Random Facts about Halley’s Comet, for which I’ve provided a recording was nominated for the Rhysling Award and has been nominated for the Pushcart Prize.

There are a couple of poems that you can enjoy online:

“City of Bridges”

“Eleven Minutes”

He also blogs at “Cognitive Dissonance” where you can read a few more poems from this collection.

You can buy Selected Regions of the Moon on NightBallet Press, for $5.00 plus $3.00 shipping – just scroll down the page to find the collection on the right. Or on Amazon for $8.00.

Please enjoy the following readings from the collection:

“Escape”

“The Second Wife’s Tale”

“Random Facts About Halley’s Comet”

“Counterclockwise Relativity”

“sakura sakura”

“The Dragon’s Lament”

* * *

Liquid cover frontThe Liquid of Her Skin, the Suns of Her Eyes, by dan smith

NightBallet Press

His official blurb: “dan smith, author of the epic poem “i am down with you crooked river”, is widely published.  His speculative poetry has been nominated for the SFPA Rhysling Award.  His spoken word cd, Matinee Motel (2012) is described as “surreal urban poetry…paired with the music of the Deep Cleveland Trio, from jazz to rock to noise”.  Smith’s previous chapbook, Crooked River, was published by Deep Cleveland Press in 2005.”

The Liquid of Her Skin, The Suns of Her Eyes, which is a wonderful title is a slim volume of 34 pages containing a surprising 53 (or so) poems. The vast majority of them are dwarf length – only 5 are longer than 10 lines and those only just. Most are 3 lines long, so a sort of haiku, although I’m not sure they technically can be called Haiku.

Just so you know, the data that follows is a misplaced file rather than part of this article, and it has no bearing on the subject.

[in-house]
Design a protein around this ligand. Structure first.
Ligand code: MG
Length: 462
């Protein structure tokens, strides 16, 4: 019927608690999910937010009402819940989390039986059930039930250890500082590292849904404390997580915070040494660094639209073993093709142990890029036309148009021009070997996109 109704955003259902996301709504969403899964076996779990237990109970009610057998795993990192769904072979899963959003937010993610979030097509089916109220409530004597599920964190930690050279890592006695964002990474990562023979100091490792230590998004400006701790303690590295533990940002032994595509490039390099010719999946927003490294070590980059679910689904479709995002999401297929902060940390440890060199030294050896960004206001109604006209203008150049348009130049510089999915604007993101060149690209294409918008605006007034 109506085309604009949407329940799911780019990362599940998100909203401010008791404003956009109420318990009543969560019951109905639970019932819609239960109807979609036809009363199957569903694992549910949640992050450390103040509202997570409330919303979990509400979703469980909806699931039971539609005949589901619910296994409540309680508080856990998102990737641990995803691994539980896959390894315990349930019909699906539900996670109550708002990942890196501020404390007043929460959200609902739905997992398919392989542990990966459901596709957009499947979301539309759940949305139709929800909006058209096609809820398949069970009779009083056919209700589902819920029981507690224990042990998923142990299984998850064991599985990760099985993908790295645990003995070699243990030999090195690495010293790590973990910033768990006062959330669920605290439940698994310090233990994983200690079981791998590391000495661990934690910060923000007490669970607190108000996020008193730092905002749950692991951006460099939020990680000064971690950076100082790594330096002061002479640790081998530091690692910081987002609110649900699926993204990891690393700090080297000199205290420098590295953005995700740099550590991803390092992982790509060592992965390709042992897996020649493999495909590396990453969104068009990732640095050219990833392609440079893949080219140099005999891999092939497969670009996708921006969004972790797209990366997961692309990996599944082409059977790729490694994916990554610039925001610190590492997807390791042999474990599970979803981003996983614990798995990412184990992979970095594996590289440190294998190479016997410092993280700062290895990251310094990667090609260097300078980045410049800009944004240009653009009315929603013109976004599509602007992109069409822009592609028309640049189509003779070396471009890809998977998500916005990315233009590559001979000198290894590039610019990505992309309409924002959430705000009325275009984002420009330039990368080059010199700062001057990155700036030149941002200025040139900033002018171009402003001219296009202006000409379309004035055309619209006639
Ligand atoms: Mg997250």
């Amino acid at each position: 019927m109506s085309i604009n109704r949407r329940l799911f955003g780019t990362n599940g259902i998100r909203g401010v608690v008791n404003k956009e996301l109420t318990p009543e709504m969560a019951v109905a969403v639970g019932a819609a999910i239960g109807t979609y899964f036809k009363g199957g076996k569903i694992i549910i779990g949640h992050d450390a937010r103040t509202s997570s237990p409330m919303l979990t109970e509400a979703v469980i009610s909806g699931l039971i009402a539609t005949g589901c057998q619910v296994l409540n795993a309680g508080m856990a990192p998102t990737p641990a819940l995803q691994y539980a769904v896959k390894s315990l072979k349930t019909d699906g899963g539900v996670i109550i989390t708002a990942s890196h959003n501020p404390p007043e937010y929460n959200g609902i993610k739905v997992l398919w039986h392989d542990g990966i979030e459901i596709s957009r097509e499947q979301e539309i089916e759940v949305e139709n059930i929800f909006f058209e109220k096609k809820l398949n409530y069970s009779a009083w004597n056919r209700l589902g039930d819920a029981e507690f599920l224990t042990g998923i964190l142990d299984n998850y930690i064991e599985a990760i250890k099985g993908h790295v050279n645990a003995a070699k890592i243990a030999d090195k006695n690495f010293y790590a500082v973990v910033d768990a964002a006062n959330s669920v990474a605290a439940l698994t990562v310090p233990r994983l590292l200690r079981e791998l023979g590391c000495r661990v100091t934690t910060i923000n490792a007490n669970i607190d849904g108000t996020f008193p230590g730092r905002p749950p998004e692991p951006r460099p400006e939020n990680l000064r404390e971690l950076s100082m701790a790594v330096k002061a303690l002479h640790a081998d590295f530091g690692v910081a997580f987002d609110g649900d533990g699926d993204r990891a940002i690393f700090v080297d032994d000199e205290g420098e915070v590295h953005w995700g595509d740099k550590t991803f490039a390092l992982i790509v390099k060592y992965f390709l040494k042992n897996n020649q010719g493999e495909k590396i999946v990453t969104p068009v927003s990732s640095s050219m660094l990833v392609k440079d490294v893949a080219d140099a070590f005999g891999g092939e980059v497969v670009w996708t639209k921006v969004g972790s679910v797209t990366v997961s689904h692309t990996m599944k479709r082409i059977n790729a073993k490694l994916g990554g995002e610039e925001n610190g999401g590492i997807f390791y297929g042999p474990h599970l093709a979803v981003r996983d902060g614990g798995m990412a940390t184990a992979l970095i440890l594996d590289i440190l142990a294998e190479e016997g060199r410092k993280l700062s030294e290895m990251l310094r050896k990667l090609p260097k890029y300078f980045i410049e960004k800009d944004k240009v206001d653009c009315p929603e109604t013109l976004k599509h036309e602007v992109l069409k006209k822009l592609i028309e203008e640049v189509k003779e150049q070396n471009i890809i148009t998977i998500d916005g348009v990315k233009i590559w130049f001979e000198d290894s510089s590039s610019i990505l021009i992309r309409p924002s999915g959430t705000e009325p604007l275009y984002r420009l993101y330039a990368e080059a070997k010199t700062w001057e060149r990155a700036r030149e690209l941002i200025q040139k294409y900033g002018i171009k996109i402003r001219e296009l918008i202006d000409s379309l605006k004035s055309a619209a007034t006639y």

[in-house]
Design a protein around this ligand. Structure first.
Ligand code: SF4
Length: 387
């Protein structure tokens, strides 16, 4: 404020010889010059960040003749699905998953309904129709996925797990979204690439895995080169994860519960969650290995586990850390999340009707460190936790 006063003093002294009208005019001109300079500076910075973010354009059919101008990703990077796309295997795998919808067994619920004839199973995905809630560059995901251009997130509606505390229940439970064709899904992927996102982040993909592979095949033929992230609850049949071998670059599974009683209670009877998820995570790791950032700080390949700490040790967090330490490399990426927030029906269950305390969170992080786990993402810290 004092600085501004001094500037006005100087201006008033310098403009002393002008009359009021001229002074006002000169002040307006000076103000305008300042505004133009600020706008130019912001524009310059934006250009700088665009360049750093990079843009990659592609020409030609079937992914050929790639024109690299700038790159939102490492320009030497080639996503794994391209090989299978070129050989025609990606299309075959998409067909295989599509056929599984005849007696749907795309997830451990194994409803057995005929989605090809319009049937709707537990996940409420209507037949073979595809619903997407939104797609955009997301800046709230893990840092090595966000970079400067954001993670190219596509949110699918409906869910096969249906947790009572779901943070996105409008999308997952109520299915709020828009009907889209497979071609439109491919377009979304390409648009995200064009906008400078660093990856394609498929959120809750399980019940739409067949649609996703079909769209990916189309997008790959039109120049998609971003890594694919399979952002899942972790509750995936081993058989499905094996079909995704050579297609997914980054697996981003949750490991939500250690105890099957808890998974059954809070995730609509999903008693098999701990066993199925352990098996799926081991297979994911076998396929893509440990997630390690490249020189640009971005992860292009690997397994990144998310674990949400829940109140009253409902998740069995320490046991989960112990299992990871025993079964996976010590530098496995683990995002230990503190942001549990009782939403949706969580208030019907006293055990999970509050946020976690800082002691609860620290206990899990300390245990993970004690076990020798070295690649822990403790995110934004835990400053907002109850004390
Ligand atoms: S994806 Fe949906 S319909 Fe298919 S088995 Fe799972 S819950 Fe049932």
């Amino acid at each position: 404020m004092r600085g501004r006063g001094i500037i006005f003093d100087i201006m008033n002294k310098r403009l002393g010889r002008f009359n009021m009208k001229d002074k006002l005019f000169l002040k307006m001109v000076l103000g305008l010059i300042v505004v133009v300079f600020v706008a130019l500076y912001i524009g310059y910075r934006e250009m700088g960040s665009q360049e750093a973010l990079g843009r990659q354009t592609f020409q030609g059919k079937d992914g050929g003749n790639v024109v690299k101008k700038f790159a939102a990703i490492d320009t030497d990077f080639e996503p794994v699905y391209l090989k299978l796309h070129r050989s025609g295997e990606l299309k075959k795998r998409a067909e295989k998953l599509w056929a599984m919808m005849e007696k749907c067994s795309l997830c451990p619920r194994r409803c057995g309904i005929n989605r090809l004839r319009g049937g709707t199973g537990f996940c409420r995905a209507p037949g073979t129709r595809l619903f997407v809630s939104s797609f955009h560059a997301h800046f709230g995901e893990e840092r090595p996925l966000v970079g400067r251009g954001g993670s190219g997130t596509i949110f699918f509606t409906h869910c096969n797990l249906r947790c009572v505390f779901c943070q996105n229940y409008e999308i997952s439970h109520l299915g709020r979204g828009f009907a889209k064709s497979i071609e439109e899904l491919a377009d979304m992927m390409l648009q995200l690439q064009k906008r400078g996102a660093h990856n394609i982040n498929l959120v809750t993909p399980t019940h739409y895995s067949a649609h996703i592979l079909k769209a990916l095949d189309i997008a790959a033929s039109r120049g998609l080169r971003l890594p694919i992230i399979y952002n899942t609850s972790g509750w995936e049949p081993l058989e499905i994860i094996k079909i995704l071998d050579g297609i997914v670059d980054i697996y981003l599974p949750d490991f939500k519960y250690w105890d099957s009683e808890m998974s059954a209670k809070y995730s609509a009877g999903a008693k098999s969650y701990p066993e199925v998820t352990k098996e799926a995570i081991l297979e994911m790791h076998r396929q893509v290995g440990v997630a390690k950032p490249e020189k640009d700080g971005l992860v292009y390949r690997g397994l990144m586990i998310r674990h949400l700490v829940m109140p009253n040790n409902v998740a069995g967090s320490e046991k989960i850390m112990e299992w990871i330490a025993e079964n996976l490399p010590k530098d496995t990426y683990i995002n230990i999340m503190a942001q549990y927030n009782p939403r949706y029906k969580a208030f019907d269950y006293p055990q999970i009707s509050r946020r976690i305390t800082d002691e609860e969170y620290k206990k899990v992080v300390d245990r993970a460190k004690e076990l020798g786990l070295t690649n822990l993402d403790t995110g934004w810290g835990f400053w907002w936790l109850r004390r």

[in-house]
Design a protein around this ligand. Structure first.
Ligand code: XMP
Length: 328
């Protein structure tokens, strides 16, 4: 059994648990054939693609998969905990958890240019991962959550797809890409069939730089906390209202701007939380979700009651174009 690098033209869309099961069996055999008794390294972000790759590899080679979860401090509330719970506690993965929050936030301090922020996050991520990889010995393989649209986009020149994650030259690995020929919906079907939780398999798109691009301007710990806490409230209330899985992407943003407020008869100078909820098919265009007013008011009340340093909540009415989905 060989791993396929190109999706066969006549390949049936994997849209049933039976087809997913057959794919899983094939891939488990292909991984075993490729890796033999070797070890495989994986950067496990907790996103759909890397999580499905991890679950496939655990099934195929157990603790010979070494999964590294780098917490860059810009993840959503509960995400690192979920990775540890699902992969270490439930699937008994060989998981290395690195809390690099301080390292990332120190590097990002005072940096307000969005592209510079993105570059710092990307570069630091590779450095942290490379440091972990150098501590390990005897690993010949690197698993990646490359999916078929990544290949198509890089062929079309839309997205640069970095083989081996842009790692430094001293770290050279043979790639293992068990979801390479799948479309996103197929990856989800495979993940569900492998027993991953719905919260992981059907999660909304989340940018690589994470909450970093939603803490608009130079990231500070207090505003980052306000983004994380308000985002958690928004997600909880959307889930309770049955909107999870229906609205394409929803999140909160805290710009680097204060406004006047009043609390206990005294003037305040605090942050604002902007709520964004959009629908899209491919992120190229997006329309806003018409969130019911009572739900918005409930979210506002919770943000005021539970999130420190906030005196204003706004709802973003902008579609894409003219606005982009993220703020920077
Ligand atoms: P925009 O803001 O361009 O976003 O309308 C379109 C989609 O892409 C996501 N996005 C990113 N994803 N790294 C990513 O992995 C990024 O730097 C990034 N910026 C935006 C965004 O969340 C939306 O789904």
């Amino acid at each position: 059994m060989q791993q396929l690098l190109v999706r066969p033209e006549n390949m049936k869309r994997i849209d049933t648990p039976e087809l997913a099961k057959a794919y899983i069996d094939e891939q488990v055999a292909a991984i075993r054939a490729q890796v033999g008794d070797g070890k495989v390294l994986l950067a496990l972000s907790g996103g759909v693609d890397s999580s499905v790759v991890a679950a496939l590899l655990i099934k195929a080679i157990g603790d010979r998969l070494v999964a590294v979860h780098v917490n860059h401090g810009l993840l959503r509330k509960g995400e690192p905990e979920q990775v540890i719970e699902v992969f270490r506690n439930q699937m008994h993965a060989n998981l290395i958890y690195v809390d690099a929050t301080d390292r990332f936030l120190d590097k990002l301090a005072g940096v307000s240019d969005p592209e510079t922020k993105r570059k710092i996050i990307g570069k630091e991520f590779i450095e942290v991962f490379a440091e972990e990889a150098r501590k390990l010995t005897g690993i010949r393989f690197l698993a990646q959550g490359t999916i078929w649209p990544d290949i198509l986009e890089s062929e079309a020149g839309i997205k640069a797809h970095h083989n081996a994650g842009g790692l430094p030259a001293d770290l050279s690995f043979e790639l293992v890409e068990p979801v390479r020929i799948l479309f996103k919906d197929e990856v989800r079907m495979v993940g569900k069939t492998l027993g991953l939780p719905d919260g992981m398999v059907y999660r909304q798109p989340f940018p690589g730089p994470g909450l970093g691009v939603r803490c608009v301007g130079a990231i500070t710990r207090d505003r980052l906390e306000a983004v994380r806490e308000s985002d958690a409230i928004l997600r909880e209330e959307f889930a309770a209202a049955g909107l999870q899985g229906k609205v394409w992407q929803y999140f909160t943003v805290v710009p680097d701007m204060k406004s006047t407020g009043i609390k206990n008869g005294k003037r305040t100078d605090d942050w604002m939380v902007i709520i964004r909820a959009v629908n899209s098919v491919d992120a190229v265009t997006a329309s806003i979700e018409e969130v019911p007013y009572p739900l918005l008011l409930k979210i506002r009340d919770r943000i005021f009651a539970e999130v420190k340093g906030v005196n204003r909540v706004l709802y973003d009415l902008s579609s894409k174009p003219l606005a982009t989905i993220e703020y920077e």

I really wanted to like this collection more than I did. There are a few poems that really caught me, but I was left wanting or simply puzzled after many of them. I’m pretty sure that what left me cold was not necessarily Dan Smith’s fault. It’s just the super-short poetry is not really my thing unless it is just, well, super. There was one that I just loved:

we misjudged

the growth of ants in zero-g

and they are hungry

Several poems are staged in worlds of Smith’s creation. One, whose race of 8-eyed Pirates, the KretZikans, was named by J. E. Stanley was quite fun and I’m now intrigued whether Smith has written more, and especially lengthier poems with these characters.

KretZikan pirate

eight eyes, seven eye patches

time to retire.

J. E. Stanley is credited as a collaborator on this poem.

At first, I didn’t like the poems dedicated to another race: the “CreEp”, they had 4 appearances, and I wrote a whole paragraph about how I thought it was a little sparse and made the poetry seem random and have less impact than if he hadn’t made something up. However, in re-reading them, they kind of grew on me. I do still wish there had been more  – the poems there were seem like teasers, but I was unable to find more online. I still wonder if it was really necessary to make up a new alien life-form, which sounds so specific, to say what needed to be said. Judge for yourself:

“Coexistence”

crosses. piles of stones,

Stars of David and the husks of the CreEp

On thousands of worlds

You can read a few more of dan smith’s poems online at Issa’s Untidy Hut – the poetry blog for Lilliput Review. He also has a poem “believers and non-believers in the first issue of Cattails Online from the United Haiku and Tanka Society. And if you are in Cleveland and have the chance to hear dan smith read his poetry or perform anything else, it seems as though it might be exceptionally worth it!

And for your listening enjoyment excerpts from The Liquid of Her Skin, the Suns of her Eyes: